Dell currently loads up Ubuntu 8.04.1 LTS with a few modifications for its Linux operating system. Ubuntu 8.04.2 LTS was released back in January, but Dell has not upgraded to that release or the newer Ubuntu 8.10, which is about to be outdone by Ubuntu 9.04. While staying with a Long-Term Support release can be understood, we really would have liked the Inspiron Mini 9 to be shipping with a newer version of Ubuntu.
Dell's customizations to Ubuntu 8.04.1 LTS actually make it look not like Ubuntu at all. Dell has developed its own application launcher for the desktop, which occupies most of the screen. From our perspective this launcher is not as nice as Ubuntu Netbook Remix, but is still useful and easy to use for those new to Linux. With Ubuntu 8.04.1 LTS they are using the LPIA architecture packages. While the Low-Power Intel Architecture packages for Ubuntu continue to improve, in Ubuntu 8.04 not all packages from main/universe are available in the i386-derived repository.
Dell also includes a variety of applications outside of what ships with Ubuntu. Dell's launcher is broken down into entertainment, learn, games, productivity, and web sections. Among the entertainment additions are including GNOME's Cheese web-camera program, a Last.fm application, and Dell Music & Gaming. In the learning/educational section is a variety of additions from Tux Math to Touch Typing Tutor to Kalzium. In games are all of the standard GNOME Games along with Planet Penguin Racer and others. OpenOffice.org 2.4 is the word processor shipping on the "Dellbuntu" operating system. Dell also includes Adobe Reader 8 by default.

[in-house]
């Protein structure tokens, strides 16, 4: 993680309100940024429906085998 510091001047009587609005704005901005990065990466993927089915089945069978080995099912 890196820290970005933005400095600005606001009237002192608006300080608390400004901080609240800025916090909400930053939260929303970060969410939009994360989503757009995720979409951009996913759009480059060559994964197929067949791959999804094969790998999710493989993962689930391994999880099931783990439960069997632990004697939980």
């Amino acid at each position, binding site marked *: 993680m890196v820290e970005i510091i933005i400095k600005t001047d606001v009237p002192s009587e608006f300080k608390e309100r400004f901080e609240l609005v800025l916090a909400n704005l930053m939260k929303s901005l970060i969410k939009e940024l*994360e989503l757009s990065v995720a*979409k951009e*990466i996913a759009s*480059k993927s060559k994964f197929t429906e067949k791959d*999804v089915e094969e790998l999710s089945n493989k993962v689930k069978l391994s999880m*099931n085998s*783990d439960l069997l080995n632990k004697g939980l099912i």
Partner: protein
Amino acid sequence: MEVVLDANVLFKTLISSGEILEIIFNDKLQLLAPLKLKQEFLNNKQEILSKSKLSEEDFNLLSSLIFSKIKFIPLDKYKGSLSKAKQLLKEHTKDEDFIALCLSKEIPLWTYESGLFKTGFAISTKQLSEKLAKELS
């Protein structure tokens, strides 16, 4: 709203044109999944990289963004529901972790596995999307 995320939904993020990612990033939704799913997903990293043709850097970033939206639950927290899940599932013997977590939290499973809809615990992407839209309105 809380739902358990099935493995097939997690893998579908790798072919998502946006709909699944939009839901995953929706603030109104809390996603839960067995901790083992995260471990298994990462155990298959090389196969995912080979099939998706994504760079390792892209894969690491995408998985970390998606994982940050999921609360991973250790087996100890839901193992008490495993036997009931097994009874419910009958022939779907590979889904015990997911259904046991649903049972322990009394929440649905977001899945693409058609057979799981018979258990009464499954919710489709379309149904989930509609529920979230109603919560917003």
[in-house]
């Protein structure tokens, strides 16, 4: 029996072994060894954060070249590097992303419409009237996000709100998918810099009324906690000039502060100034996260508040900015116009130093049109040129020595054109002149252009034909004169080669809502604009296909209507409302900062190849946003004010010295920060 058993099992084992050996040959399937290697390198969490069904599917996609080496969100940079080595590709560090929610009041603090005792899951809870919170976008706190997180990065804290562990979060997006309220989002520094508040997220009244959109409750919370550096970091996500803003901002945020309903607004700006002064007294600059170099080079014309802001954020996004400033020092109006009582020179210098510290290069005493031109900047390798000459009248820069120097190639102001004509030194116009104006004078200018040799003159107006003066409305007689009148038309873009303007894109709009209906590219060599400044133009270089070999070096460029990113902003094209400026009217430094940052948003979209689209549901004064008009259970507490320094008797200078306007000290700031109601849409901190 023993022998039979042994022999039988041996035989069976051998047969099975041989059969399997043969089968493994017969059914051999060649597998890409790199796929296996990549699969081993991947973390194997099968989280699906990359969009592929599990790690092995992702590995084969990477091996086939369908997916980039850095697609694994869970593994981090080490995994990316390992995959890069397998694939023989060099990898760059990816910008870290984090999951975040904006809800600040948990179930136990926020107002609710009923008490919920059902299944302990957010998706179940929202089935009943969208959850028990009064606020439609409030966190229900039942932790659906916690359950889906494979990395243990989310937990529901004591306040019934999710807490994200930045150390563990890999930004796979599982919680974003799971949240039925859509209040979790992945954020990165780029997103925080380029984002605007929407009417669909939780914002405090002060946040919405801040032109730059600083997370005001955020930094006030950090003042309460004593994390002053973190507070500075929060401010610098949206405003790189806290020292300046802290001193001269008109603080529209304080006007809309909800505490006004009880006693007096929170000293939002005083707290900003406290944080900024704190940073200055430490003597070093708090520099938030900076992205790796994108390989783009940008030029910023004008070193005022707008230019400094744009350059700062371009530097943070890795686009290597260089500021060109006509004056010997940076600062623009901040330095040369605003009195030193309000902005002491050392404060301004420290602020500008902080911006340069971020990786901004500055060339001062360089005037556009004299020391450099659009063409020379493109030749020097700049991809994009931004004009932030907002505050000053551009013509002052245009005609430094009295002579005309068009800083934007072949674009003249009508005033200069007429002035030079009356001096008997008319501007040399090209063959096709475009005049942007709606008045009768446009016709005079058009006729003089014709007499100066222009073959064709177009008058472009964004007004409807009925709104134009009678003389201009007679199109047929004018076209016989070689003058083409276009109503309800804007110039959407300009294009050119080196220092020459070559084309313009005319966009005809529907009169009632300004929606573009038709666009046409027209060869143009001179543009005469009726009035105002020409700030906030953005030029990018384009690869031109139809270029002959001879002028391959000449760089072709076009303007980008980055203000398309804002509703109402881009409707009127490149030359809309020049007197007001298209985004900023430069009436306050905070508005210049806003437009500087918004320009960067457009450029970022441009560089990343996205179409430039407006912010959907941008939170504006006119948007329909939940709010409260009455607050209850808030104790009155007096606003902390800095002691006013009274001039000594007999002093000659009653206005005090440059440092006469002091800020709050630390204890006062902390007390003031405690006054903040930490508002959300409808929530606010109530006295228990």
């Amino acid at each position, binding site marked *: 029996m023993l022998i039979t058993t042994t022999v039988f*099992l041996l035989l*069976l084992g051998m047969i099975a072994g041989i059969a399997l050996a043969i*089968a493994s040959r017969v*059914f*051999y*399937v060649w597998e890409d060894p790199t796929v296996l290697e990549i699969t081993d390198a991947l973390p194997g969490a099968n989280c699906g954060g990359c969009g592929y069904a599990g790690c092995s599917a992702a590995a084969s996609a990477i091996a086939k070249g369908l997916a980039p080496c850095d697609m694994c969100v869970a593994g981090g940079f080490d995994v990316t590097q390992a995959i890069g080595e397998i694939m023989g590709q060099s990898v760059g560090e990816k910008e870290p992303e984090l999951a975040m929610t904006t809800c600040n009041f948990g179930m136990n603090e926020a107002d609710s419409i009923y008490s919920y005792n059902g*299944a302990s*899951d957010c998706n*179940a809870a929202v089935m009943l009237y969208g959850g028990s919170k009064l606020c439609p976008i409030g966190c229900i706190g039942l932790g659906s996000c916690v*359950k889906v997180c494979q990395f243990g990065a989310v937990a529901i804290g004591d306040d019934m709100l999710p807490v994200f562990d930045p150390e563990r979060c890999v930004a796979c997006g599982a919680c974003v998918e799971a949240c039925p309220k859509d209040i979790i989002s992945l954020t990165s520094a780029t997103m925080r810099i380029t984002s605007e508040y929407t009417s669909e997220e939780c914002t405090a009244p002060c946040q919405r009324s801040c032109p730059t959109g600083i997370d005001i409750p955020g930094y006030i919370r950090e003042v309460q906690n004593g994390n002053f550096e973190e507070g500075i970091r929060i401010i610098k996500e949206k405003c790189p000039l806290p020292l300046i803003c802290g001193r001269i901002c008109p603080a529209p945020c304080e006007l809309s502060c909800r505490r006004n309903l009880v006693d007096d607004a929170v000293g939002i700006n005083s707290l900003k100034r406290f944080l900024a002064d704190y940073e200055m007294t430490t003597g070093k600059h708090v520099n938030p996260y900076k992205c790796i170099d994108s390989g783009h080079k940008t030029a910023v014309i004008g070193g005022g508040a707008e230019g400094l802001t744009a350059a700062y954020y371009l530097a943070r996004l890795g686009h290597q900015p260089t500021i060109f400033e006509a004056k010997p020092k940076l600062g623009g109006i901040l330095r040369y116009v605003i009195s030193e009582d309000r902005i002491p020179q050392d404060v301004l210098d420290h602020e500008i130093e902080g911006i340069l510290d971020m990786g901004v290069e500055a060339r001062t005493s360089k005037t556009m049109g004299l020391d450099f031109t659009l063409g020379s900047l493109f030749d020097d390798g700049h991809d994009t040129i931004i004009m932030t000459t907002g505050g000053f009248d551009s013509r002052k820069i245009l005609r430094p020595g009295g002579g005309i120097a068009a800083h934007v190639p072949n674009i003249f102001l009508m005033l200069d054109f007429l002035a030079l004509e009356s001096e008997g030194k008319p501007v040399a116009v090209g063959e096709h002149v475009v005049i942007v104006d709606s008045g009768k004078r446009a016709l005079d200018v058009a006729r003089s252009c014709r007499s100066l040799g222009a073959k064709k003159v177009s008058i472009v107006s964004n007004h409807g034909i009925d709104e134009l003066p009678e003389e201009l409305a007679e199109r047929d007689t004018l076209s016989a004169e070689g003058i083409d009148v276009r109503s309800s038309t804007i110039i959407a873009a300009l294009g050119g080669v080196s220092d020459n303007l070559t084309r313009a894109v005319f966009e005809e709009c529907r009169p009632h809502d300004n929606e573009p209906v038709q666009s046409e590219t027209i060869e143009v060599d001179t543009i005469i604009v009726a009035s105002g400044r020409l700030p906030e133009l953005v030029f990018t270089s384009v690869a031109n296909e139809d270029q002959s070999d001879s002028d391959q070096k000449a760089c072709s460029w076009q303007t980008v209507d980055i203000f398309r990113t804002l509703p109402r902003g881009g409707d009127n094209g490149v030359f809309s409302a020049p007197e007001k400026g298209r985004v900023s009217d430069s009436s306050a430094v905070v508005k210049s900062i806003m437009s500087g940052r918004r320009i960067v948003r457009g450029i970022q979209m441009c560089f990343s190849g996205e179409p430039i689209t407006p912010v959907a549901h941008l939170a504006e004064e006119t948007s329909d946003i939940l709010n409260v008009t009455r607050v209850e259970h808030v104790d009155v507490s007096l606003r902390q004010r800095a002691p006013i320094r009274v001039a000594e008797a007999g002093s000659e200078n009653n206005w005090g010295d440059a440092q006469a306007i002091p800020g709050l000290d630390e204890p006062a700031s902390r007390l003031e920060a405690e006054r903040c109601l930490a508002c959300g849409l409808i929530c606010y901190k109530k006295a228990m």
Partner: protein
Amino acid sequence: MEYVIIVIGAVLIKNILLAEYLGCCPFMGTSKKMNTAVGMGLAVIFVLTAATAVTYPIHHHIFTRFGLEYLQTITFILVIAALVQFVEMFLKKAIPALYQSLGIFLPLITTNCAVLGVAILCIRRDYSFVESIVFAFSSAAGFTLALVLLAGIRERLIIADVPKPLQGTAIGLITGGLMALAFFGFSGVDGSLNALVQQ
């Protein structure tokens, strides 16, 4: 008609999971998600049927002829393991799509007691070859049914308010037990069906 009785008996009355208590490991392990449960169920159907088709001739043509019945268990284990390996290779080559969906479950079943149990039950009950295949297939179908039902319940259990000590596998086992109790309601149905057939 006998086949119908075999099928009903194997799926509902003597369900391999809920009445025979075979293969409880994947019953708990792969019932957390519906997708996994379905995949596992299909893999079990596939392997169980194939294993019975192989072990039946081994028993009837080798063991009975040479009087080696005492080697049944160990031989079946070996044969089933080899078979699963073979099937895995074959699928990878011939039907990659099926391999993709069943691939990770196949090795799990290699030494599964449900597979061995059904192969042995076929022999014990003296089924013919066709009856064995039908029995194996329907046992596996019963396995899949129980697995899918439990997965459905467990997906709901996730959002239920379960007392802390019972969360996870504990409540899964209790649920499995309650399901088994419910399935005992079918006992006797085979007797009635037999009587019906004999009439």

Their selection of default programs is nice and not too overwhelming. Our only complaint about the software is Dell enabling the Yahoo Toolbar in Mozilla Firefox by default. One nice thing though about Dell's Linux changes is that they include the Fluendo codecs for providing legal multimedia support.
That concludes about what we have to say for now. We are in the process of extensively looking at Ubuntu's performance with this Dell Inspiron Mini 9 going from Ubuntu 8.04 through the latest Ubuntu 9.04 releases when looking at the boot performance and other metrics using the Phoronix Test Suite. We will have those results and more information on the Mini 9 out by the end of this week.
To recap our initial thoughts on the Inspiron Mini 9, it is a small, well-built netbook that appears to be durable and has easy upgrade capabilities. What though is not nice about the hardware is the smaller keyboard and using a 4-cell battery instead of 6-cells. With Dell shipping Ubuntu on the Mini 9, it is of course Linux compatible. This version of the Dell Mini 9 is being sold for well under $300 USD.
For pricing information on the Dell Inspiron Mini 9 or for other netbooks, visit TestFreaks.com.
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